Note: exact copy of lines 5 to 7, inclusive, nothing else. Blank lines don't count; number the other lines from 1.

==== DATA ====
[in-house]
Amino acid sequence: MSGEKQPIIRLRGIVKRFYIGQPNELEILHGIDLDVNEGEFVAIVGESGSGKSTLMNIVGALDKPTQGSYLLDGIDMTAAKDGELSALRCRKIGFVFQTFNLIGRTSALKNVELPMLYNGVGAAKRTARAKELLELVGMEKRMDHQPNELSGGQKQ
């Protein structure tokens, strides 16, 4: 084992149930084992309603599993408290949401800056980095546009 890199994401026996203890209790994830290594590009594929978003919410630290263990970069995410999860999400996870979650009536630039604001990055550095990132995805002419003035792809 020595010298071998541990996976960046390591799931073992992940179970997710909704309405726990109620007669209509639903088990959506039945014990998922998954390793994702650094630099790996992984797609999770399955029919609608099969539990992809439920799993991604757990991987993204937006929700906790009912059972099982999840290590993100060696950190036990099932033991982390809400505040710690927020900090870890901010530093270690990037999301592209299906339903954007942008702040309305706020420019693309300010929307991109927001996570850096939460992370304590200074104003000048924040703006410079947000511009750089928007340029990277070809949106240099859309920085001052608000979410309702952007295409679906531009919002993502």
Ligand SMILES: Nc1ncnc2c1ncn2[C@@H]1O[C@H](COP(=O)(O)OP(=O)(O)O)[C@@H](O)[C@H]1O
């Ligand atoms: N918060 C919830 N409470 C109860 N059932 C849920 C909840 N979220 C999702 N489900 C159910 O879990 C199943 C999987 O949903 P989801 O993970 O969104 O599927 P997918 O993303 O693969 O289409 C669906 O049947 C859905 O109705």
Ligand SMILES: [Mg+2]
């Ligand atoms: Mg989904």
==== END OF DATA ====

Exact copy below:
């Ligand atoms: N918060 C919830 N409470 C109860 N059932 C849920 C909840 N979220 C999702 N489900 C159910 O879990 C199943 C999987 O949903 P989801 O993970 O969104 O599927 P997918 O993303 O693969 O289409 C669906 O049947 C859905 O109705």
Ligand SMILES: [Mg+2]
């Ligand atoms: Mg989904």